SOME/FASHION : 'THE LAST CONSPIRACY' FACTORY IN PORTUGAL & INTERVIEW WITH DESIGNER ROALD NORE
What is your background before starting to work with TLC? (Childhood, education, work etc.)
Well, I was born and raised in Jutland, Denmark - but as my mother is Norwegian, I also spent a lot of time with my family in Norway. Those trips meant simple living - skiing, hiking and fishing and I guess that is where my love for the functional and understated comes from. Of course this also served as a foundation for my passion for items you can make with your bare hands. My education and early work experiences have all been of mercantile nature, but when I look back, I have always positioned myself in the direction of something that involved design - but back then it was mostly furniture and interior design.
Why did you end up making shoes? Was it clear for you at an early point in your life?
My journey in the shoe-business started 15 years ago. In the beginning, this was as a retailer. In those years, my passion for quality and design, always guided me. I only bought very particular styles for my shop. So, when I got the chance to start to develop and produce myself, I immediately felt at home in the process. As a craftsman, I have always had very strong feelings about what I like – and don’t like. Therefore, after many years of learning about all the processes of making shoes, I felt that it was time to create from within. The result became a brand where I could use this wealth of knowledge and my uncompromising taste. That was when – and why - The Last Conspiracy was born.
Where have you been living throughout your life and where have you been travelling?
My studio is still based in Denmark, but I spend around one third of my time in the atelier and factories in Portugal, and one third in the most important cities around the world for fairs and simply to gather inspiration. Travelling is an important part of creation. It settles the mind.
Where and how do you choose your different materials and which materials are you using?
For us, the leather selection is essential to crafting the right expression. The treatment and finishing can change the expression completely. We love exploring these processes. However, it is only possible to end up with the perfect texture and quality if you work closely together with your supplier. You have to really understand each other. The few suppliers we have, we have known for years, and when we bring new ideas, it is like going to the playground - we experiment until the texture is right. In this tactile and highly intuitive process, we always marvel when something new and interesting appears in the process.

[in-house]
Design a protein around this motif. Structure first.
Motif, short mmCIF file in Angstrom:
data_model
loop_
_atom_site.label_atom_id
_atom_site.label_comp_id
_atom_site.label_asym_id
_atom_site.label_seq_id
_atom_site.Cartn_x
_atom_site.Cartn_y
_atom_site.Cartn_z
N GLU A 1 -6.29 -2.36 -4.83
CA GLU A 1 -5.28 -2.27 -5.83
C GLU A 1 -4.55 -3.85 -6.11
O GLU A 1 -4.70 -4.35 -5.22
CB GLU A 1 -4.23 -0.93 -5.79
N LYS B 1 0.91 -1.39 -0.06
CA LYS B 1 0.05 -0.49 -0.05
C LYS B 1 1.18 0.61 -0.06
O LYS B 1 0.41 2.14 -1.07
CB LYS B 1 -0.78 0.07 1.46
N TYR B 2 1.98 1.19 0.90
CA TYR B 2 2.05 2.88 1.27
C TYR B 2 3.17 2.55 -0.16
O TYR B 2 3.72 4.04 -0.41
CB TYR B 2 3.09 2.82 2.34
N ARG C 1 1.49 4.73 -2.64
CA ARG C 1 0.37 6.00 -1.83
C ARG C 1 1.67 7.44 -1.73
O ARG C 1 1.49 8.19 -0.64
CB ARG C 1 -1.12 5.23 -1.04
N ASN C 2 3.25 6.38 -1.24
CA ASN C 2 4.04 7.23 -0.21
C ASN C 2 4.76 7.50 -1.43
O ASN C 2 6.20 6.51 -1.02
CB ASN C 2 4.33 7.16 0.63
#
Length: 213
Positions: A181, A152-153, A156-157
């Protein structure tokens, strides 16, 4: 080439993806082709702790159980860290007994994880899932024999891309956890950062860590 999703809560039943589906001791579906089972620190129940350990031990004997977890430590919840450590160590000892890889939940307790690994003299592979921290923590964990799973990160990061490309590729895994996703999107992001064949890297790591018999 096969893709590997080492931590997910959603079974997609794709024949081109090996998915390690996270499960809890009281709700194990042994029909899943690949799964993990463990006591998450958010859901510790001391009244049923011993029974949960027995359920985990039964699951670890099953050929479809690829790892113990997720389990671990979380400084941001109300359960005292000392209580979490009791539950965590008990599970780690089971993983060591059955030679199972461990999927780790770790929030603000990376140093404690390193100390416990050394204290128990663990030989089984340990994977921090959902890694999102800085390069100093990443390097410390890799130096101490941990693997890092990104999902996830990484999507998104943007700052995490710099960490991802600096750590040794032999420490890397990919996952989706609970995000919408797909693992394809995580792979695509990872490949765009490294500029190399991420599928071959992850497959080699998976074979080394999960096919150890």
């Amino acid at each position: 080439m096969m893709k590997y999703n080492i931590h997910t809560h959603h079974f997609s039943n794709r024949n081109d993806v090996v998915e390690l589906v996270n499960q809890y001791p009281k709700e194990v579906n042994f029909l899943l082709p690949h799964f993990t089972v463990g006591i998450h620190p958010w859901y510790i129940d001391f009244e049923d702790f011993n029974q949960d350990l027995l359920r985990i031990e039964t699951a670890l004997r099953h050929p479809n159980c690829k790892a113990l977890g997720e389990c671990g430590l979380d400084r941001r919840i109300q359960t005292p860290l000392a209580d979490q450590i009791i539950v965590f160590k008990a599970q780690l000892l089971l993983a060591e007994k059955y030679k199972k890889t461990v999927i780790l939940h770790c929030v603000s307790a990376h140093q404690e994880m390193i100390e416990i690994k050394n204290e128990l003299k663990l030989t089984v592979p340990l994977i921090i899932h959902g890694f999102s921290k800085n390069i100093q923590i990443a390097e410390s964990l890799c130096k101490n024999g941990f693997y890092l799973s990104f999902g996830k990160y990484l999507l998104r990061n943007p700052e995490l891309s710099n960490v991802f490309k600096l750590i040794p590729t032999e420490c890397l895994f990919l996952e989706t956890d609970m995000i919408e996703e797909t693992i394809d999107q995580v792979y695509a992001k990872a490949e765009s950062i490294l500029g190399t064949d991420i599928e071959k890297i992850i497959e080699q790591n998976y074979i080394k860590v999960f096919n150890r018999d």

For the sturdier styles we use cow and horse leathers and we also have a few styles in camel, buffalo and kudu leather. When to comes to the more feminine part of the collection, some subtle goat leather is used. If we choose to put a colour in the collection, we test it on the different leathers to see on which one it comes out best. It is important that the natural texture of the leather is still there, even if it has been given a hint of colour.
Where do you produce the designs?
Everything is indeed produced in Portugal. We work with only a few factories - a team of unique craftsmen that we have been working with for more than a decade. These are people that we have developed a very close connection with. We respect each other’s skills and that means everything when crafting footwear. In many ways we operate as a close knit community.
Do you often visit Scandinavia to keep up with the ideas and aesthetics for the designs?
As mentioned, I still spend a great deal of my time at home in Scandinavia. This is where I find peace to gather my thoughts and inspirations. It is a perfect backdrop for solitude, ruggedness and clarity.
How would you describe TLC’s DNA as seen from outside?
When you combine clean lines with leathers of the best quality and skilled craftsmanship, you end up with a product where it is obvious that nothing is fake. The quality speaks for itself and nothing is hidden behind over styling.
I guess you could say that we are, first of all, shoemakers, and with a love for aesthetics, and that is what we stand for.
Are you thinking about sustainability within your way of producing the designs?
Even though we are not a totally eco-friendly company, we very much care about the environment. Most of our leathers are vegetable tanned and we are still exploring new, even gentler treatments. Leather is not wasted, as we cut to measure and produce to order. Our shoeboxes are made of 100% recycled cardboard and the print on the box we have kept to a minimum. In this manner we do embrace elements in crafting a more responsible way of creating, by contributing to sustainable innovation proactively.
Photography by Lisbeth Breland Saalmink & interview by Nicklas Thrysøe | S/TUDIO